Deconstruction of a JRPG Hero

The phrase ‘JRPG hero’ conjures up a certain image in your mind and, whilst I may not have every last detail, I have a pretty good idea of what you’re seeing in your mind’s eye right now. Young, male, probably blonde, sharp hair, almost certainly holding some sort of sword. It’s like I’ve ripped your head open and I’m staring at your brain! Does it hurt?!?

The point (I think) is that pretty much every lead character from every JRPG so far produced share many similarities. Thus was born this deconstruction of the JRPG stereotype. Depending on how sadistically minded you are you may, if you wish, replace the word ‘deconstruction’ with one of the following: examination, dissection, autopsy, exhumation.

Gigantic Eyes

A JRPG with cartoon style visuals will feature a hero with gigantic eyes. There’s a law in Japan about it, passed in 1992, the breaking of which is punishable by death (they kill you until you die). What good are eyes big enough to beat a small dog to death with? Well for one, only eyes that big will be able to fully comprehend the gargantuan breasts the female characters will inevitably be carrying around with them.

Whacking great eyeballs are great for spotting enemies too, of course. And if the hero blinks really quickly, it produces a gust of wind strong enough to knock back all but the biggest boss characters. Finally, enemies will hesitate before attacking; taking as they will a moment to say to themelves ‘crikey, those eyes are enormous’.

Spiky Hair

Oh yes. Cartoony or realistic, the heroes and heroines of JRPGs have more pointy haircuts amongst them than a planet full of nu metal bands. Why so many spiky haircuts? Well the boring (and possibly correct) explanation would point out that the JRPG is one of the oldest videogame genres; that the first titles were made when sprites consisted of a small number of pixels, and spiky hair was the quickest, easiest way to distinguish hair from head. It would look a bit silly if everybody was bald, or wearing hats. The hairstyle came to typify the genre, and so survived over years of technological advancement.

Yes, I know they're not usually in RPGs - you're missing the point. Geddit?

I prefer to think that it serves as a last ditch melee weapon. Each spike is also, obviously, an antenna that picks up solar radiation in the atmosphere and converts it into magical energy. Spiky hair even acts as a kind of camouflage. Stand still, and enemies who see the top of your head over a wall will think they’re seeing distant mountains.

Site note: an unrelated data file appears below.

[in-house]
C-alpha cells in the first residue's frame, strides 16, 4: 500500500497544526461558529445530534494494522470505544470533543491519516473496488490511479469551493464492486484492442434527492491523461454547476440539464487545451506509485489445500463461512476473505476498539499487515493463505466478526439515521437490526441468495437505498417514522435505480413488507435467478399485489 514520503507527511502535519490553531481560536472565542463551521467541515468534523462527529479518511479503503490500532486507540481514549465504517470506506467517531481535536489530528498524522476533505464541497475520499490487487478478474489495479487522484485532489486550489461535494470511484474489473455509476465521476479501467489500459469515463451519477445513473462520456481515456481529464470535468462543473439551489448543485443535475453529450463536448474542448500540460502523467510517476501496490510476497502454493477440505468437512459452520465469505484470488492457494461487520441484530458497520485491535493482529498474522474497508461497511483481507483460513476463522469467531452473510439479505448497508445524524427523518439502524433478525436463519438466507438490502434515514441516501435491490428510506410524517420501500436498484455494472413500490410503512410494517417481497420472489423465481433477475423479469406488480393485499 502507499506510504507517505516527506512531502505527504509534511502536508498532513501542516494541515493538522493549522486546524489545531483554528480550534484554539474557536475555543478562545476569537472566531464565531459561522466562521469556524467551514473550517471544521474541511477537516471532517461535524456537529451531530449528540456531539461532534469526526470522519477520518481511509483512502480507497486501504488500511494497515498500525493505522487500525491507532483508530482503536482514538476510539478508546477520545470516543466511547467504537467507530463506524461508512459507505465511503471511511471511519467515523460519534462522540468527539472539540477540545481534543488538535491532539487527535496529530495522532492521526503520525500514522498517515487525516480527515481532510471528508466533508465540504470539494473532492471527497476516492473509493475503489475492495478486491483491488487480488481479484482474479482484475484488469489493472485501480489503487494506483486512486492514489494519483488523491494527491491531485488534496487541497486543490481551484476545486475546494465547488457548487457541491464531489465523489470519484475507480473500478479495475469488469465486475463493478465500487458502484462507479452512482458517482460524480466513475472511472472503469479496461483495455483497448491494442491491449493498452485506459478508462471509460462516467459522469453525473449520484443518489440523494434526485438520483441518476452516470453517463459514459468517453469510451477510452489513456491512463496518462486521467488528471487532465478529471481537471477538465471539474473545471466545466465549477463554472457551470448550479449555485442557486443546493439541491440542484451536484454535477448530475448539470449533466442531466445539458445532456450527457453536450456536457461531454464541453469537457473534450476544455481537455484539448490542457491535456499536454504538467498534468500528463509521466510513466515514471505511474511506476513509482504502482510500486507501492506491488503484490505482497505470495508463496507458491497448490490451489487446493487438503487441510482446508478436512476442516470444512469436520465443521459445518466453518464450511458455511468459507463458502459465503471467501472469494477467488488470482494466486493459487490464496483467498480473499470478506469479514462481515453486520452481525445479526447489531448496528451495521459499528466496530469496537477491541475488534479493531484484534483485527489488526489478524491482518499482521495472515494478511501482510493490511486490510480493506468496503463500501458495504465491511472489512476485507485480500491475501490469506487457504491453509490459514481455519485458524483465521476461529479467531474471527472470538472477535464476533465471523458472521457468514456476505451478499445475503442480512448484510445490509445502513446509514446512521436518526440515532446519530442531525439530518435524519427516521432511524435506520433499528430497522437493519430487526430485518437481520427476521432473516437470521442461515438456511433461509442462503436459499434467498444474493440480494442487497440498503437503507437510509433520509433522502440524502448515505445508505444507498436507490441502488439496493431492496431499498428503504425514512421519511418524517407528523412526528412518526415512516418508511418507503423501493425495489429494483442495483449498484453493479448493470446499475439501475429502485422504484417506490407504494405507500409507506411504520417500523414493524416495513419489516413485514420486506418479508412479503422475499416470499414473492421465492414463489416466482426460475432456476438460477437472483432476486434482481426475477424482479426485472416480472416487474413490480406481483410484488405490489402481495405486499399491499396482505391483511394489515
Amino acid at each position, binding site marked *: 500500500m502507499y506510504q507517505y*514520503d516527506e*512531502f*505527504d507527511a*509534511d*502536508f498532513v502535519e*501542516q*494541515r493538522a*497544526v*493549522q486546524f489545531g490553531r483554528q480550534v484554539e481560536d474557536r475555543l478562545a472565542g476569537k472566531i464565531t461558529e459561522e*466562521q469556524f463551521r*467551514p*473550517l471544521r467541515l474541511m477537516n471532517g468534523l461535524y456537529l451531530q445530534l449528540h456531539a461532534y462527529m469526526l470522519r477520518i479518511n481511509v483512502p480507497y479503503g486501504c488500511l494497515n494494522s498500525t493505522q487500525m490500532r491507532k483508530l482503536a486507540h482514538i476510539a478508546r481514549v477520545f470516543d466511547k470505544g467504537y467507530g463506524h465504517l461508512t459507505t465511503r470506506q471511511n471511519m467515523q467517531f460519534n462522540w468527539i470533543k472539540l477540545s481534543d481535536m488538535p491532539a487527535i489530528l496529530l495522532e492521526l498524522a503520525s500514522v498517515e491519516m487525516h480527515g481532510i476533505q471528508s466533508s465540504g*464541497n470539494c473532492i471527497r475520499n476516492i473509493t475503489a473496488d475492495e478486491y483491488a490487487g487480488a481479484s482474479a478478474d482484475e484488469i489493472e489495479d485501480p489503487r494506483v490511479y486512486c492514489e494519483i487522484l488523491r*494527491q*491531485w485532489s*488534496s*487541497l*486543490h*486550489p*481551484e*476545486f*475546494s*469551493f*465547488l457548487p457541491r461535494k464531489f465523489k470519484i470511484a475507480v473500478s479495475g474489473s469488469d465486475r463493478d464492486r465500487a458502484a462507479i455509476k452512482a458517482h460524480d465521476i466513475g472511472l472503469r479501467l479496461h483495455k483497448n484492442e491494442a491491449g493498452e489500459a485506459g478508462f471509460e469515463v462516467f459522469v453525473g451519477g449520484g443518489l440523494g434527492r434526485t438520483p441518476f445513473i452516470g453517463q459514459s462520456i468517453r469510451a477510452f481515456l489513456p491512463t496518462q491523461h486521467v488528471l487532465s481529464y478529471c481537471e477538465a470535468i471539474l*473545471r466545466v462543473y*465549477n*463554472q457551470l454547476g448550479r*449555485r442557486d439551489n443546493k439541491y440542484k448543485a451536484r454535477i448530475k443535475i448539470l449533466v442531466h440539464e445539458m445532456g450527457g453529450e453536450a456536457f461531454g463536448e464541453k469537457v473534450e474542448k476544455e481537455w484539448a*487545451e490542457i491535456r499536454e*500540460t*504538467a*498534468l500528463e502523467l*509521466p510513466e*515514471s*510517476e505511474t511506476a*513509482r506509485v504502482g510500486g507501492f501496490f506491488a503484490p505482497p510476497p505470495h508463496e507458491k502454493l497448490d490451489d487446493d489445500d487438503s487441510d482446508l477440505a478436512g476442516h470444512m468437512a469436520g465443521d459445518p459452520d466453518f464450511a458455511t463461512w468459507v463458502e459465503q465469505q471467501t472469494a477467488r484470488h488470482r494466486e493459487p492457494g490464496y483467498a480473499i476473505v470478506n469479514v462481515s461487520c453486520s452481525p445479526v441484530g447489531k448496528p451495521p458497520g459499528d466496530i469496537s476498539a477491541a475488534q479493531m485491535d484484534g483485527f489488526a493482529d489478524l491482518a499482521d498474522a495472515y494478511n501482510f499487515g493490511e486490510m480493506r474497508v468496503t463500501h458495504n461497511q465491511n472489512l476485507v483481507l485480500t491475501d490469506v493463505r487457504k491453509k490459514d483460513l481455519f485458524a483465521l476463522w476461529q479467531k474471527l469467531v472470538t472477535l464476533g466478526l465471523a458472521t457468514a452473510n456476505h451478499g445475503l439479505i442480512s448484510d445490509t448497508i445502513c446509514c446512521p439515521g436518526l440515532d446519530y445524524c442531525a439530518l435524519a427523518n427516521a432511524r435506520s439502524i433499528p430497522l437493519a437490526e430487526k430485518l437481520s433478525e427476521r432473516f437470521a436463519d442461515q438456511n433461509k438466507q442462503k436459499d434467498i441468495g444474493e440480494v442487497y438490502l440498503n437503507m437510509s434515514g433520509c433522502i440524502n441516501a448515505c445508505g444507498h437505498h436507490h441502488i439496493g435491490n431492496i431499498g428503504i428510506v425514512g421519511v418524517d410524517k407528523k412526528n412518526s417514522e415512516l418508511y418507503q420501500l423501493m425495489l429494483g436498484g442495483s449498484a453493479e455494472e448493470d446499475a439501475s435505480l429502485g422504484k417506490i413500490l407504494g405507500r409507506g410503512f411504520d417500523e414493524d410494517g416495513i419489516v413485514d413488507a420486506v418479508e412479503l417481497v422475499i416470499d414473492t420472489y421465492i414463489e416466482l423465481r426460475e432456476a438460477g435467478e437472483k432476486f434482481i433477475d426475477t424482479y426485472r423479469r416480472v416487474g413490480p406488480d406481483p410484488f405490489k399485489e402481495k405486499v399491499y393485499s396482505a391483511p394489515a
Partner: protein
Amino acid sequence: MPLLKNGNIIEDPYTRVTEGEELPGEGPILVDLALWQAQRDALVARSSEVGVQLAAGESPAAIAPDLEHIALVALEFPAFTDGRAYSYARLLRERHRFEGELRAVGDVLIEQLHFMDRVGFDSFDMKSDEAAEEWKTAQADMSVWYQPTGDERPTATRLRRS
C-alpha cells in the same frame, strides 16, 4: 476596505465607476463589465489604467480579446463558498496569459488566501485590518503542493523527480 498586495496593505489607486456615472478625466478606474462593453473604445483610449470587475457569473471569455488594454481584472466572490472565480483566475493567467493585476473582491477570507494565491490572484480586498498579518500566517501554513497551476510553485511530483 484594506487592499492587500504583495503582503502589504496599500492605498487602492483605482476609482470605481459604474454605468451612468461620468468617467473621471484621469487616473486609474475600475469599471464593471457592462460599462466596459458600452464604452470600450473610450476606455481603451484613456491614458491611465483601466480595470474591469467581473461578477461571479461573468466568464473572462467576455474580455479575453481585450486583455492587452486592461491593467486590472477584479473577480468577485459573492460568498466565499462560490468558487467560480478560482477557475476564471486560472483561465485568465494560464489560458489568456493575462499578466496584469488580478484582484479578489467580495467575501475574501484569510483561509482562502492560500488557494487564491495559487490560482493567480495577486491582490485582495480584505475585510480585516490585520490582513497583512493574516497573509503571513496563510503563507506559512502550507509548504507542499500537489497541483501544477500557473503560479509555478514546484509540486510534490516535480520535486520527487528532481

Legs On Show And Impractical Battle Bras

This usually only applies to female characters. They do have very very short or incomplete skirts generally speaking, don’t they, the JRPG heroines? Not to mention boobs bursting out all over the place, more often than not. There is a reason for this of course.

There’s a certain type of adolescent male who levels up when he sees a cartoon lady in revealing clothing. He then engages in a brief yet intense training fight, until his stamina is gone and he showers the screen with XP.

Something like that, anyway…

Oversized Weapons

I shall not stoop to Carry On jokes here (unless it gets a laugh). I’m talking about guns large enough to fire elephants out of the barrel or, more traditionally, swords big enough to hide a Vespa behind. The benefits are obvious; maximum destruction and it looks really cool.

It's made of polystyrene.

Naturally, just carrying huge weaponry implies strength and skill. For the female characters, it’s also a matter of balance. A massive sword carried on the back counteracts the two crimes against God carried on the chest. If a JRPG heroine draws her sword too quickly, she falls flat on her face.

Well, she would if her knockers weren’t so perversely huge.

So there you have it, the JRPG hero/heroine ripped apart and the gory dangly bits thrown around for your pleasure. Did I forget anything important? Let us know!

Related Posts with Thumbnails

Written by Luke K

He plays lots of videogames, now and again stopping to write about them. He's the editor in chief at Critical Gamer, which fools him into thinking his life has some kind of value. He doesn't have a short temper. If you suggest otherwise, he will punch you in the face.

One comment

  1. KrazyFace /

    Yeah! You forgot “odd emotional attachments” which makes the Hero/Heroine well-up or cry at the dumbest of things, such as a pet dinosaur-thing being kidnapped (probably to make soup) or seeing a nice little village being caked in some horrible-monster-gas type stuff. Also, “Floating Pointless Armour” as part of their clothing, like those weird floating-but-stuck shoulder pads… WHAT’S THAT ABOUT!?

Leave a Reply